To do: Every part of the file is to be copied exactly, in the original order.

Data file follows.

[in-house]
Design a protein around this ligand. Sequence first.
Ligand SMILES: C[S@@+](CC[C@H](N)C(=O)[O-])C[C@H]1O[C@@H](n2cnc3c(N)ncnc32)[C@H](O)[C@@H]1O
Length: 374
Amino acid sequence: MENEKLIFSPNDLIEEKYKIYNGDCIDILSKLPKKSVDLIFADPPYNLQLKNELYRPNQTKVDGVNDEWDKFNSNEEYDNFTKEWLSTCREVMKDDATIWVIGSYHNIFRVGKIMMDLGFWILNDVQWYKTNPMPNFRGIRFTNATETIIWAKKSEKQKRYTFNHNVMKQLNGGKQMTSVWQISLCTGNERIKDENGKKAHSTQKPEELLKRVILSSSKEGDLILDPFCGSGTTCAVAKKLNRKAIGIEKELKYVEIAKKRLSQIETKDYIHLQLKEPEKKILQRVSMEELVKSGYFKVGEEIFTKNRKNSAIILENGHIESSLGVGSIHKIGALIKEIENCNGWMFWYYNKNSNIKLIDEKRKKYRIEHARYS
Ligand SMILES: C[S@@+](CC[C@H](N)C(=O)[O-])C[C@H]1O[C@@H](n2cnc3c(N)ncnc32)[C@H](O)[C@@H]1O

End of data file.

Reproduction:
[in-house]
Design a protein around this ligand. Sequence first.
Ligand SMILES: C[S@@+](CC[C@H](N)C(=O)[O-])C[C@H]1O[C@@H](n2cnc3c(N)ncnc32)[C@H](O)[C@@H]1O
Length: 374
Amino acid sequence: MENEKLIFSPNDLIEEKYKIYNGDCIDILSKLPKKSVDLIFADPPYNLQLKNELYRPNQTKVDGVNDEWDKFNSNEEYDNFTKEWLSTCREVMKDDATIWVIGSYHNIFRVGKIMMDLGFWILNDVQWYKTNPMPNFRGIRFTNATETIIWAKKSEKQKRYTFNHNVMKQLNGGKQMTSVWQISLCTGNERIKDENGKKAHSTQKPEELLKRVILSSSKEGDLILDPFCGSGTTCAVAKKLNRKAIGIEKELKYVEIAKKRLSQIETKDYIHLQLKEPEKKILQRVSMEELVKSGYFKVGEEIFTKNRKNSAIILENGHIESSLGVGSIHKIGALIKEIENCNGWMFWYYNKNSNIKLIDEKRKKYRIEHARYS
Ligand SMILES: C[S@@+](CC[C@H](N)C(=O)[O-])C[C@H]1O[C@@H](n2cnc3c(N)ncnc32)[C@H](O)[C@@H]1O